Two weeks ago, I left the warm confines of southern Utah and headed north to Salt Lake City. The Supercomputing 2016 conference was in town for the week.
I’ve attended conferences both large and small going back 20 years, but nothing could prepare me for what I saw at Supercomputing. If you’re not familiar with Supercomputing, it’s an annual conference where scientists, researchers, and engineers gather to discuss high-performance computing, network storage and related technologies.
This week I’d like to talk about a few of the highlights I saw at the conference. I spent the first day walking through the exhibit hall. Booths ranged from large companies such as Intel and NVIDIA to small companies I’ve never heard of. Quite a few universities had booths as well including Utah, Stanford, Notre Dame, and BYU.
I spent the next couple of days sitting through presentations, and was surprised to see so many companies offering large-scale storage solutions. Dell/EMC were there to showcase their NAS solutions optimized for HPC environments that include large-scale data sets. These are pricy enterprise solutions that combine hardware and software into a single solution. These products aren’t as exciting as others around the hall, but they play a critical role in HPC and machine learning.
On the other end of the spectrum, I saw through a presentation at the Red Hat booth about how decoupling the storage hardware from the software was a good thing. Western Digital and Seagate were also there showing off their mid-range storage appliances. Most products I saw focused on capacity over speed, but not the following product from PEZY Computing. It was all about speed.
All flash storage brick consisting of 1520 1TB M.2 SSDs from PEZY Computing
I sat through a presentation from NASA where the scientist explained how lens and capture technology has changed over the past decade. Some of the most powerful and expensive cameras are floating in orbit, capturing high-res images of the universe. The size and sheer number of images amount to petabytes of data which must be stored and scanned. This where machine learning comes in. It was all a bit mind-bending at times.
NVIDIA had the largest and most popular booth at the show. I could have spent the entire week listening to their numerous presentations. Those I did hear were fascinating. One man spoke about how companies are using NVIDIA GPUs to create more aerodynamic vehicles and aircraft.
NVIDIA has positioned itself and its chips to be the brains behind machine learning. Intel ushered in the first computing revolution with their ubiquitous CPUs, driving computing performance to new heights. But NVIDIA is the engine that’s driving machine learning today with their line of high-performance chips. Unlike the CPU which is designed to do a lot of different tasks, the GPU is optimized to perform just one or two tasks as fast as possible. What I saw at the show was Intel Xeon chips driving consoles and servers, but NVIDIA Quadro and Tesla doing the bulk of the heavy lifting in vast arrays.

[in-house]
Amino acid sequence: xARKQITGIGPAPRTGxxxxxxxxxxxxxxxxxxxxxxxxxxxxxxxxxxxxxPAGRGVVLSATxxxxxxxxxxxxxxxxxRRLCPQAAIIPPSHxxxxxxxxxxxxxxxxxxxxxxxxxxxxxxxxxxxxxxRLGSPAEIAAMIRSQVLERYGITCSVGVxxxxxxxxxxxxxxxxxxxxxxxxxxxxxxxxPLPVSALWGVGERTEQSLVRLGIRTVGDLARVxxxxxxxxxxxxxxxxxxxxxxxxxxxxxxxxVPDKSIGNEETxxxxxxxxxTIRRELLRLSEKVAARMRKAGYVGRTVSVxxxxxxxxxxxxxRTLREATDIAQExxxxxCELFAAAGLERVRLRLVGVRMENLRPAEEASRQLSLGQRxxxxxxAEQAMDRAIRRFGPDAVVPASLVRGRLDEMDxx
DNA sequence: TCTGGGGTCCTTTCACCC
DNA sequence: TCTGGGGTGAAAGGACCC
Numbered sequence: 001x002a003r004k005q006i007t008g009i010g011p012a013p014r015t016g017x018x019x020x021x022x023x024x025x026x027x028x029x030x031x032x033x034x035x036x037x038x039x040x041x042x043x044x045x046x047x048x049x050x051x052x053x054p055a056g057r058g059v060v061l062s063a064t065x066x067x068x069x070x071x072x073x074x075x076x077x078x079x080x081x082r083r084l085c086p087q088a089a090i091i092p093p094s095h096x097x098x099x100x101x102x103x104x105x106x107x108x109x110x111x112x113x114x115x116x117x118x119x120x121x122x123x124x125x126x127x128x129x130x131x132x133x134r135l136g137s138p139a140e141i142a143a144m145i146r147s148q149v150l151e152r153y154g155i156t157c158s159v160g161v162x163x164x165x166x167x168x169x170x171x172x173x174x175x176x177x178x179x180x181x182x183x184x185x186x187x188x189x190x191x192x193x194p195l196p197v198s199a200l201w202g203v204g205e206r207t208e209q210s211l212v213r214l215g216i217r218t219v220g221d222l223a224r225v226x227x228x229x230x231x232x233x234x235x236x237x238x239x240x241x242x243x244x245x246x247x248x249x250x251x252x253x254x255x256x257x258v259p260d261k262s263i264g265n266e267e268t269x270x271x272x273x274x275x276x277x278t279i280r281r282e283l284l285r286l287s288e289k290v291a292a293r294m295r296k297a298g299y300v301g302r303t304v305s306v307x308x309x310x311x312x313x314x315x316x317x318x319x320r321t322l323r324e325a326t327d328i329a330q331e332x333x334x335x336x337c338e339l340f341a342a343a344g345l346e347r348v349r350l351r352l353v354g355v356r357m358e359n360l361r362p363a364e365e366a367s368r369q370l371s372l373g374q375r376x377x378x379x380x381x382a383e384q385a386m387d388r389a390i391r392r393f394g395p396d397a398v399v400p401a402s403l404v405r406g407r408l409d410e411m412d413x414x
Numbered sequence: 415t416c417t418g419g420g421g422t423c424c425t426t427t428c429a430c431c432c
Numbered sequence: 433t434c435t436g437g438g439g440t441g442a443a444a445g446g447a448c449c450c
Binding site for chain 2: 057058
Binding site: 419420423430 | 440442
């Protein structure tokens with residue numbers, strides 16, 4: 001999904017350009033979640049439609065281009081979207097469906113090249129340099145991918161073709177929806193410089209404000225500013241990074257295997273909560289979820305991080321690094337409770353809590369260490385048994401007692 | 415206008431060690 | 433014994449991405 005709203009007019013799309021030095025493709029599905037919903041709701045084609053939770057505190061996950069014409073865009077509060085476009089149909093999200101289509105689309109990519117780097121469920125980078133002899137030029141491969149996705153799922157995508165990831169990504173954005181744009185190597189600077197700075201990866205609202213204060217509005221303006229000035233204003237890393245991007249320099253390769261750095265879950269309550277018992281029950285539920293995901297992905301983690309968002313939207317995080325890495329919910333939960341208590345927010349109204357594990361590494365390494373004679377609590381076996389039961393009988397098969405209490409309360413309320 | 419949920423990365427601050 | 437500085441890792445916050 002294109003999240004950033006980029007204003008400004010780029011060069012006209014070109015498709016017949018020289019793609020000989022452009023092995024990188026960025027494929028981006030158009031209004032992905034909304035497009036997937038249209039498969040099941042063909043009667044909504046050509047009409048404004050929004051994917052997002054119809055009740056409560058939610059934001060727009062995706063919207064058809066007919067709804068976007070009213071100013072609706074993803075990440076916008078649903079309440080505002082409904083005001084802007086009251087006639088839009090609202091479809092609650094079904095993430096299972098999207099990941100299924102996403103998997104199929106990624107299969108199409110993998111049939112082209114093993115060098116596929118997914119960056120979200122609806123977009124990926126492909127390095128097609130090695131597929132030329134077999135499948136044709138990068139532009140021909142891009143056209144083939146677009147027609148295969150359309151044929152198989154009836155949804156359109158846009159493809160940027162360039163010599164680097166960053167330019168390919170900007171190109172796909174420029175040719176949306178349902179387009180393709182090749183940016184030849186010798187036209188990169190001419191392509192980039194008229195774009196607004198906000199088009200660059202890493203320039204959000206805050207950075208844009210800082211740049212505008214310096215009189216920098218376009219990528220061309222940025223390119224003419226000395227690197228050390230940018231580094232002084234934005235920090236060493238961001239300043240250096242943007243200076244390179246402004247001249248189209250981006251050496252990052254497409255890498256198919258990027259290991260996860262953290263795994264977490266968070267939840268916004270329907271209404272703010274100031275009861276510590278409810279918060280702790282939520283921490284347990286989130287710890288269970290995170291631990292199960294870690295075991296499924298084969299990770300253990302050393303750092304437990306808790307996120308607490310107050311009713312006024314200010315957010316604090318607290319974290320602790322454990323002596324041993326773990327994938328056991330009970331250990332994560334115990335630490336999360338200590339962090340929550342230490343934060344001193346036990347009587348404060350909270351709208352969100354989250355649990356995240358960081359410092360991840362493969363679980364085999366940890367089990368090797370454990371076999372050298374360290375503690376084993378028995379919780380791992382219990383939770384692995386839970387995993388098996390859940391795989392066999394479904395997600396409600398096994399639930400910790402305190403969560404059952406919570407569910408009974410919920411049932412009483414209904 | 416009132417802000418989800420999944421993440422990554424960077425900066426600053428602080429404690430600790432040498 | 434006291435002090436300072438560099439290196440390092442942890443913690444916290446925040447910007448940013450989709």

I also saw new ways to cool hot running GPUs, especially those in large server arrays. 3M was showing off their line of two-phase immersion cooling. Part of the fun in attending Supercomputing is seeing products that might find their way into more mainstream products over the next few years.
On the last day of the show, I listened to two presentations, both of which had a big impact on me.
A student from Stanford University gave the first presentation. She explained how machine learning is changing healthcare at a rapid pace. She told how machines are able to read x-rays to detect cancer cells. Early detection drastically increases the effectiveness of treatment and the patient’s chance of survival, and machines can be trained to recognize even miniscule changes from one day’s chart to the next.
Near the end of the presentation, one man raised his hand and asked if she was referring to “pie in the sky” technology or products that were available today. Her reply: “This technology is saving lives today.”
The next presentation was about how machine learning is helping usher in changes to transportation such as self-driving cars. This really hit home with me because my mother has suffered four strokes over the past six years. Each stroke has done a little more damage than the previous one to the point where her memory is quite poor. Due to that and other factors, she’s not able to drive which means she doesn’t leave home very often.
I don’t know if my mother will live long enough to summon a car to take her to grocery store or to visit her children. I suspect she won’t. The technology exists today, but faces regulation and cultural hurdles before anyone can use it. Until that time, I’m glad FaceTime exists which allows her to interact with her grandchildren.
Supercomputing offers a glimpse into the future. That future is full of big technology bets. Bets on chips and storage and software. But it’s also full of advancements of a more personal nature. These advances save lives and improve day-to-day living for people like my mom. That’s what I’ll remember most about Supercomputing 2016.